Experimental Investigation of the Effect of Steel Fibers on the Flexural Behavior of Corroded Prestressed Reinforced Concrete Beams
Peer reviewed, Journal article
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Original versionMaterials. 2023, 16 (4), . 10.3390/ma16041629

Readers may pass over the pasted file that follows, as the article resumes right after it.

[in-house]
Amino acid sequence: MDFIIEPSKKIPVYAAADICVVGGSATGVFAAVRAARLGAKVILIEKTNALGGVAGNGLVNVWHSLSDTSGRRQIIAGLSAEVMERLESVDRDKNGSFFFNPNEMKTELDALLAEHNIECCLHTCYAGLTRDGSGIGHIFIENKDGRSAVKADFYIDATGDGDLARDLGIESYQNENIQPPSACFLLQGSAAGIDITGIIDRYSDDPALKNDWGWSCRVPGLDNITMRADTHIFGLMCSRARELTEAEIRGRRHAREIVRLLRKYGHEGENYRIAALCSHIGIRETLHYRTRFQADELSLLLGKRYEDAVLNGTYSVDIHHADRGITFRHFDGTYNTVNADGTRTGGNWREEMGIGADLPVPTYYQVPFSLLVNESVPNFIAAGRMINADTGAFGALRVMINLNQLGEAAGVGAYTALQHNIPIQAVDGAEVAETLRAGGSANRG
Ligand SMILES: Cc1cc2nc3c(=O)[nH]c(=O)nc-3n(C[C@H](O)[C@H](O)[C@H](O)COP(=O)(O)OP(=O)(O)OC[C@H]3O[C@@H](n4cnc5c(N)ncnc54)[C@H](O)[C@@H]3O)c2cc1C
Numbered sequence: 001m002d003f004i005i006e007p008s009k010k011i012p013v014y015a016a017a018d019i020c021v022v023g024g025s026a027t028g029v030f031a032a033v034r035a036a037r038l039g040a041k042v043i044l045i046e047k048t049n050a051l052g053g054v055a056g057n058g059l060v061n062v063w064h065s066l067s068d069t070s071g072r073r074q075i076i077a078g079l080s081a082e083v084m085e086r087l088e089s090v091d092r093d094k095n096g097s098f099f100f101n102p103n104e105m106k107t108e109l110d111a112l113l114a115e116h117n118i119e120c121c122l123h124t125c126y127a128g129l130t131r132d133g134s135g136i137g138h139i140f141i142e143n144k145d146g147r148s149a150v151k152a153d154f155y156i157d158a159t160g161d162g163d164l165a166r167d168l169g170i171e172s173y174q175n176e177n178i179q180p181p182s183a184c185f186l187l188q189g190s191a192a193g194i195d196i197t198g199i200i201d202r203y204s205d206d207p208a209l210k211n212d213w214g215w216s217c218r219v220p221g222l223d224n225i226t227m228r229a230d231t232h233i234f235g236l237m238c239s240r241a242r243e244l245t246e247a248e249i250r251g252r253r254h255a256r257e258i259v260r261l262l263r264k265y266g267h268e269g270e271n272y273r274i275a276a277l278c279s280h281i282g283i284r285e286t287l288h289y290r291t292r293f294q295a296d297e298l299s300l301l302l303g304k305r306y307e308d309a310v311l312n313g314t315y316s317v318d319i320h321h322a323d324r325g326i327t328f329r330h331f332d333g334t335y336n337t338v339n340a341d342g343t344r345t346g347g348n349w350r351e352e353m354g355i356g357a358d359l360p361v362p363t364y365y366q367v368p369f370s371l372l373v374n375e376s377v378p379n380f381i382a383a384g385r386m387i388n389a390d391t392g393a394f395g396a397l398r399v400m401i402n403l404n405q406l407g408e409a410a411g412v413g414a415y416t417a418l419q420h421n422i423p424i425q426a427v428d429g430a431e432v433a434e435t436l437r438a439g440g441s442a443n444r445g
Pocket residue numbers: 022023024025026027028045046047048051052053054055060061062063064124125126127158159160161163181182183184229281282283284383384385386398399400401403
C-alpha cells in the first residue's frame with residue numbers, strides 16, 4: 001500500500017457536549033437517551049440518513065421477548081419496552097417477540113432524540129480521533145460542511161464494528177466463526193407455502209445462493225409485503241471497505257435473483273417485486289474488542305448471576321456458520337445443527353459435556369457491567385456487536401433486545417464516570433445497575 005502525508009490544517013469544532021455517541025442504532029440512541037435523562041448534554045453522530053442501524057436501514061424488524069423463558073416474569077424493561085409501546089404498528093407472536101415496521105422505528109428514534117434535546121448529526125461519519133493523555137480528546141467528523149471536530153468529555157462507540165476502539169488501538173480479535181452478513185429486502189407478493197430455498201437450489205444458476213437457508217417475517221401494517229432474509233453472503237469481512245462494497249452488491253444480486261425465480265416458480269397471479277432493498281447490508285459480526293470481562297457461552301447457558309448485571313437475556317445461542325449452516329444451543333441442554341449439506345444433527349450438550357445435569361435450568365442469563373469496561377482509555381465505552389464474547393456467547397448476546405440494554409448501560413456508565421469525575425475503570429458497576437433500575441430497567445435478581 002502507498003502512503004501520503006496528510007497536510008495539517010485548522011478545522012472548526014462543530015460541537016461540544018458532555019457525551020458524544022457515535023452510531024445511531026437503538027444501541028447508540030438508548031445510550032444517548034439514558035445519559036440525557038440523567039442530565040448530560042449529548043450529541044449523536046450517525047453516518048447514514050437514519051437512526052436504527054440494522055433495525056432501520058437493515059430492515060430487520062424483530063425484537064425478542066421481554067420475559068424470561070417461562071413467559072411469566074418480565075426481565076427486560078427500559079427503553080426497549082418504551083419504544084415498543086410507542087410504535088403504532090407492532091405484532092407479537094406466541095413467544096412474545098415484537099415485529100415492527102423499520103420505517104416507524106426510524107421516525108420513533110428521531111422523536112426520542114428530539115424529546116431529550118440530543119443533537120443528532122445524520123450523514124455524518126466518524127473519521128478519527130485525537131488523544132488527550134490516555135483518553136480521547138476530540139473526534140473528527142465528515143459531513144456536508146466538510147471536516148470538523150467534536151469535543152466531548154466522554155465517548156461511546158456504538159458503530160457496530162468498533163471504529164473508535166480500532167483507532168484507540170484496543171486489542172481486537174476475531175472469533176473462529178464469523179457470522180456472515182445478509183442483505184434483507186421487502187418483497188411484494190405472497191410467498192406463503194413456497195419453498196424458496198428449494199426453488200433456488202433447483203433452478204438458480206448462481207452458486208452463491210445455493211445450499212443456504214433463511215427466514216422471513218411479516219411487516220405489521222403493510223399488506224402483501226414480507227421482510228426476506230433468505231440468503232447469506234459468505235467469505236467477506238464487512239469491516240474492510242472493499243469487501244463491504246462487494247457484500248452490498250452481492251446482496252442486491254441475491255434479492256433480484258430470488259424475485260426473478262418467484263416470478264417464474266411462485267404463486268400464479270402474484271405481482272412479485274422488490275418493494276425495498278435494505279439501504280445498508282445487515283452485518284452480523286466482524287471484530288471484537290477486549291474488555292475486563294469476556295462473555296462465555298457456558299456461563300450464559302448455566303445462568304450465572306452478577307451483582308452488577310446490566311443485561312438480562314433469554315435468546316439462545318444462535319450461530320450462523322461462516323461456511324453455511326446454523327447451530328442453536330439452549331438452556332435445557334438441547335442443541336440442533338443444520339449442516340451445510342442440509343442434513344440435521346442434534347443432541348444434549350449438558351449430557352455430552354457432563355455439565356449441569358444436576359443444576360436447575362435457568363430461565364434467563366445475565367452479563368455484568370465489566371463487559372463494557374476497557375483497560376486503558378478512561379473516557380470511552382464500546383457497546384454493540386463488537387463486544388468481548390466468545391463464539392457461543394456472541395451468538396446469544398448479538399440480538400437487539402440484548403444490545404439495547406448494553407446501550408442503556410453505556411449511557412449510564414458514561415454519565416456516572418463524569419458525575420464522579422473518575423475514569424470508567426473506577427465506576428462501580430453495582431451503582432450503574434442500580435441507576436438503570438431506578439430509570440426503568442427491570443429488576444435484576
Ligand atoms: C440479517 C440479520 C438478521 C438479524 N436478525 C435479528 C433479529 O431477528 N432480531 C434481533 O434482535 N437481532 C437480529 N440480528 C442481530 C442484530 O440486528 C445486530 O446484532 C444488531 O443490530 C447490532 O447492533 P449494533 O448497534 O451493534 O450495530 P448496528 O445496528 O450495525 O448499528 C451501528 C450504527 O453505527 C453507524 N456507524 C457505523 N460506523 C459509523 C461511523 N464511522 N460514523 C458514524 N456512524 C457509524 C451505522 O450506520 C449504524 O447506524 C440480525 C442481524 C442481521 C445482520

Rebar corrosion and its consequences are one of the most common damages to reinforced concrete (RC) structures. In structures with greater sensitivity, such as prestressed reinforced concrete (PRC) structures, where steel elements, including prestressed tendons, play a more significant role in supporting the structure, the importance of this issue increases. Methods for repairing and reinforcing such structures have been developed, including incorporating fibers into the concrete mixture to improve its mechanical properties, particularly its bending resistance. This paper presents the results of an experiment that studied the influence of steel fibers on the flexural behavior of PRC beams subjected to accelerated corrosion. Twelve beams with a rectangular cross-section of 150 mm × 300 mm and a length of 2000 mm were fabricated. The steel fibers used in the experiment were corrugated and hooked-end types, with volume fractions of 0.5% and 1.0% in the concrete. Nine beams were subjected to accelerated corrosion testing, with three of them being without fibers and the remaining six being reinforced with steel fibers at volume fractions of 0.5% and 1.0%. Each group of three beams was exposed to three different levels of corrosion, namely 5%, 10%, and 15%. The specimens were tested after exposure to corrosion through a four-point bending load. The accelerated corrosion was induced using an electric current on the prestressing tendons. The results indicated that different levels of corrosion reduced the final bearing capacity and other behavioral characteristics of the specimen, including the amount of energy absorption, effective hardness, and midspan displacement. Adding fibers to the concrete mixture positively affects the compensation of these reduced capacities. Moreover, the amount of this compensation was directly correlated with the volume fraction of used fibers.